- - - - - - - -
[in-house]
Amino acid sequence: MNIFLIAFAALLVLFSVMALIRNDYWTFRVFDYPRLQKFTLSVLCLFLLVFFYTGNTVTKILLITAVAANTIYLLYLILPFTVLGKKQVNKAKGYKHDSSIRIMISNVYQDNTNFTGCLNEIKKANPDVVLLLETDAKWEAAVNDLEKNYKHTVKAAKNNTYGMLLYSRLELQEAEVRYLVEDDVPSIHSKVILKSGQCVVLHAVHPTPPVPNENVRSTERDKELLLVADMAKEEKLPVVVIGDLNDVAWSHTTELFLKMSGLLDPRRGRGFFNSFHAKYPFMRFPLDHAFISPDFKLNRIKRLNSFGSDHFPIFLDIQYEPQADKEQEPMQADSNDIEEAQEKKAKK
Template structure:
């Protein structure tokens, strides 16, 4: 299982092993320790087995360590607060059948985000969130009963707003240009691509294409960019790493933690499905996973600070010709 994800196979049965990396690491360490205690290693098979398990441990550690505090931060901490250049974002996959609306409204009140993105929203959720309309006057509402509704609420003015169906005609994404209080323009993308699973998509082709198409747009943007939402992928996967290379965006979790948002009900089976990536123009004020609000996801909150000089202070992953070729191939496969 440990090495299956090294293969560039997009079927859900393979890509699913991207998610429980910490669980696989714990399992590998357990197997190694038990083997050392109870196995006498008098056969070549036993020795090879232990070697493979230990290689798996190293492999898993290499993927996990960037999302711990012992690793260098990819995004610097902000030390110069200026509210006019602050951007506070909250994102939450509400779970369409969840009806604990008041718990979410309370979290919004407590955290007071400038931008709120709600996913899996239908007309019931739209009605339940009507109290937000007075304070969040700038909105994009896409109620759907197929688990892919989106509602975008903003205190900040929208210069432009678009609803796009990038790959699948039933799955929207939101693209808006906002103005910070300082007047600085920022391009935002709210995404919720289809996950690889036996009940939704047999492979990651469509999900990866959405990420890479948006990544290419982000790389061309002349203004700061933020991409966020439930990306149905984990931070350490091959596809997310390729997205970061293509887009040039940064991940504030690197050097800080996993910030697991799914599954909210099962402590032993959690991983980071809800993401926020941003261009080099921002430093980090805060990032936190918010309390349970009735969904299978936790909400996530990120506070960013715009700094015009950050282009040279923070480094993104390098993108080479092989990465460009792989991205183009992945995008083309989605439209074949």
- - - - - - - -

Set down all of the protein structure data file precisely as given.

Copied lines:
[in-house]
Amino acid sequence: MNIFLIAFAALLVLFSVMALIRNDYWTFRVFDYPRLQKFTLSVLCLFLLVFFYTGNTVTKILLITAVAANTIYLLYLILPFTVLGKKQVNKAKGYKHDSSIRIMISNVYQDNTNFTGCLNEIKKANPDVVLLLETDAKWEAAVNDLEKNYKHTVKAAKNNTYGMLLYSRLELQEAEVRYLVEDDVPSIHSKVILKSGQCVVLHAVHPTPPVPNENVRSTERDKELLLVADMAKEEKLPVVVIGDLNDVAWSHTTELFLKMSGLLDPRRGRGFFNSFHAKYPFMRFPLDHAFISPDFKLNRIKRLNSFGSDHFPIFLDIQYEPQADKEQEPMQADSNDIEEAQEKKAKK
Template structure:
């Protein structure tokens, strides 16, 4: 299982092993320790087995360590607060059948985000969130009963707003240009691509294409960019790493933690499905996973600070010709 994800196979049965990396690491360490205690290693098979398990441990550690505090931060901490250049974002996959609306409204009140993105929203959720309309006057509402509704609420003015169906005609994404209080323009993308699973998509082709198409747009943007939402992928996967290379965006979790948002009900089976990536123009004020609000996801909150000089202070992953070729191939496969 440990090495299956090294293969560039997009079927859900393979890509699913991207998610429980910490669980696989714990399992590998357990197997190694038990083997050392109870196995006498008098056969070549036993020795090879232990070697493979230990290689798996190293492999898993290499993927996990960037999302711990012992690793260098990819995004610097902000030390110069200026509210006019602050951007506070909250994102939450509400779970369409969840009806604990008041718990979410309370979290919004407590955290007071400038931008709120709600996913899996239908007309019931739209009605339940009507109290937000007075304070969040700038909105994009896409109620759907197929688990892919989106509602975008903003205190900040929208210069432009678009609803796009990038790959699948039933799955929207939101693209808006906002103005910070300082007047600085920022391009935002709210995404919720289809996950690889036996009940939704047999492979990651469509999900990866959405990420890479948006990544290419982000790389061309002349203004700061933020991409966020439930990306149905984990931070350490091959596809997310390729997205970061293509887009040039940064991940504030690197050097800080996993910030697991799914599954909210099962402590032993959690991983980071809800993401926020941003261009080099921002430093980090805060990032936190918010309390349970009735969904299978936790909400996530990120506070960013715009700094015009950050282009040279923070480094993104390098993108080479092989990465460009792989991205183009992945995008083309989605439209074949």